One of the hardest stages of grief to work through, understandably, is acceptance.
“Acceptance is not about liking a situation. It is about acknowledging all that has been lost and learning to live with that loss.” -Elisabeth Kübler-Ross & David Kessler
Right now, I have almost completely accepted that my Dad is gone and there’s nothing that I can do to get him back. It sucks, I hate it, but I can’t change it.
I say almost, though, because, there are still some weird, lingering thoughts of, “Oh, Dad can do that when he gets back.”
Of course, there is no “getting back.” That would mean coming back from the dead, and I’m sorry Dad, I’ve seen enough zombie stuff…
It’s just that it doesn’t seem real sometimes.
Which doesn’t make sense – I was there when it happened.
I heard the time of death confirmed: 8:12 on 07/12.
I know in my mind and in my heart that it’s the truth.
But sometimes it feels like we just left him napping at the hospital. (He did sound like he was just snoring.)
I just can’t visit him because of COVID. I have to keep my distance so he can get better, right?
Some day, he’ll come home and pick up where he left off. Finish the things he was working on, right?
He can pick up his mechanic books and further improve his skills like I told him he could to after his transplant, right?
We finished the deck he started and got the railings he wanted. It’ll be so great someday when he comes home and sees…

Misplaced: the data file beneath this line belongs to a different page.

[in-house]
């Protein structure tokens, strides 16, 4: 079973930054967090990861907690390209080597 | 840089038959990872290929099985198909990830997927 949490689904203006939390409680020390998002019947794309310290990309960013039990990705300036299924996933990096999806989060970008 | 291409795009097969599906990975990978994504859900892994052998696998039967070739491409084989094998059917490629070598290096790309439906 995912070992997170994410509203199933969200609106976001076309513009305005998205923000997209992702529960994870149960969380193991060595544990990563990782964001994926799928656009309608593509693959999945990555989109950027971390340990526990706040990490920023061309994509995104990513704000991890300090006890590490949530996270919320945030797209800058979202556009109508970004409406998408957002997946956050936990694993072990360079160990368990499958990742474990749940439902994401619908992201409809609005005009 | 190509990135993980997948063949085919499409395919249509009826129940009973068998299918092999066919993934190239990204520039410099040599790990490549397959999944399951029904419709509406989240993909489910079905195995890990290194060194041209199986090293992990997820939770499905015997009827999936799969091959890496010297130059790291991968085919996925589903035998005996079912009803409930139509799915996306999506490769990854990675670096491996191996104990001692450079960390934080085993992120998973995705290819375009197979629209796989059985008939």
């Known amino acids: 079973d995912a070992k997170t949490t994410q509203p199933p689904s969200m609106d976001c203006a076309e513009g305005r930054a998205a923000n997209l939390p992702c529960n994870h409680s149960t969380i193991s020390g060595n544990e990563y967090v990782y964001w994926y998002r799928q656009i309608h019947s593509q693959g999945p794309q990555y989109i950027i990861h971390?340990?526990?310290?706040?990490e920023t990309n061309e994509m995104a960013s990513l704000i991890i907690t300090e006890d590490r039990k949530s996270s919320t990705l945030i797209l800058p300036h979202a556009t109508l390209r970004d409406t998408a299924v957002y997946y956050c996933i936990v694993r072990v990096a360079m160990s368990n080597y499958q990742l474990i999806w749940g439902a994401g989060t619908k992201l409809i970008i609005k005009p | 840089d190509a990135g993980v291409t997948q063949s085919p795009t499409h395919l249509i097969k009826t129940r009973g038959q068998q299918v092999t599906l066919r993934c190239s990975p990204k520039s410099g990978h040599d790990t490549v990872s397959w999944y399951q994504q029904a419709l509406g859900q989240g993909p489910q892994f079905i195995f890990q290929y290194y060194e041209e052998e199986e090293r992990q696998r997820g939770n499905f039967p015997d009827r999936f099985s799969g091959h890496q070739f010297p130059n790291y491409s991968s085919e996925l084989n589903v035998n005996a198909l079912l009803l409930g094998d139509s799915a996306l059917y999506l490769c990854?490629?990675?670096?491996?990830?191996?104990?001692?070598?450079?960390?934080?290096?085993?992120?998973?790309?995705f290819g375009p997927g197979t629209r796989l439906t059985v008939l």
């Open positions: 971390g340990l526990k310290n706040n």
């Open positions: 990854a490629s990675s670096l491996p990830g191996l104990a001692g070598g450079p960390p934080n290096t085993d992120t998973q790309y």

Oh, wait. That’s all wrong.
As much as I want those things to be right, they never will be.
So, my brain works overtime to protect me from the crushing emotions that you experience during a time like this.
It manifests as grief-brain + emotional burnout so I feel slow, lethargic, and confused.
It tells me that he’ll be “back,” so my heart doesn’t feel like it’s been ripped out of my chest.
It still tells me that about my Gramma, and it’s been 5.5 years.
The good news (I guess) is that I did reach acceptance after a while with Gramma, so I know it will happen soon enough with Dad.
The less-good news is that he helped me with a lot of that grief, and now I have to figure out other ways to manage it.
But again, I don’t have to like it. I can be sad and mad and whatever other emotions come up, but I can’t change it, so I might as well accept it.
A note on grief:
Losing someone is never easy. Whether you were there when it happened or heard about it from a phone call, it’s horrible and heart-breaking and downright terrible.
I had the chance to say goodbye to my Dad. I was lucky to have had that chance. Not everyone does. It doesn’t make it easier, but it doesn’t make it harder, either.
All grief is valid and challenging in its own way.